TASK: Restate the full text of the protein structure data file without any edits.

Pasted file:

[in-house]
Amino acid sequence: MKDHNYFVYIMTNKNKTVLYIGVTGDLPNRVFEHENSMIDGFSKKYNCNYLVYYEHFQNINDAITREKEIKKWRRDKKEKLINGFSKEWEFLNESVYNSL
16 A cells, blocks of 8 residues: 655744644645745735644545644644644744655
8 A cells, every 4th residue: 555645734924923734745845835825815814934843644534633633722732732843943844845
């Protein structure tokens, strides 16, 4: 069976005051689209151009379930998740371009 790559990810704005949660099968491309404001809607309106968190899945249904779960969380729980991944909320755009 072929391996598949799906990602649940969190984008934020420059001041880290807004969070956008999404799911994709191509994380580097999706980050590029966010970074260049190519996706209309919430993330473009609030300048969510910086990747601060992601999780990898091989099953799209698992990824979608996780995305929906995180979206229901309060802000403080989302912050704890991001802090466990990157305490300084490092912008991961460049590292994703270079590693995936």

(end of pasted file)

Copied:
[in-house]
Amino acid sequence: MKDHNYFVYIMTNKNKTVLYIGVTGDLPNRVFEHENSMIDGFSKKYNCNYLVYYEHFQNINDAITREKEIKKWRRDKKEKLINGFSKEWEFLNESVYNSL
16 A cells, blocks of 8 residues: 655744644645745735644545644644644744655
8 A cells, every 4th residue: 555645734924923734745845835825815814934843644534633633722732732843943844845
């Protein structure tokens, strides 16, 4: 069976005051689209151009379930998740371009 790559990810704005949660099968491309404001809607309106968190899945249904779960969380729980991944909320755009 072929391996598949799906990602649940969190984008934020420059001041880290807004969070956008999404799911994709191509994380580097999706980050590029966010970074260049190519996706209309919430993330473009609030300048969510910086990747601060992601999780990898091989099953799209698992990824979608996780995305929906995180979206229901309060802000403080989302912050704890991001802090466990990157305490300084490092912008991961460049590292994703270079590693995936």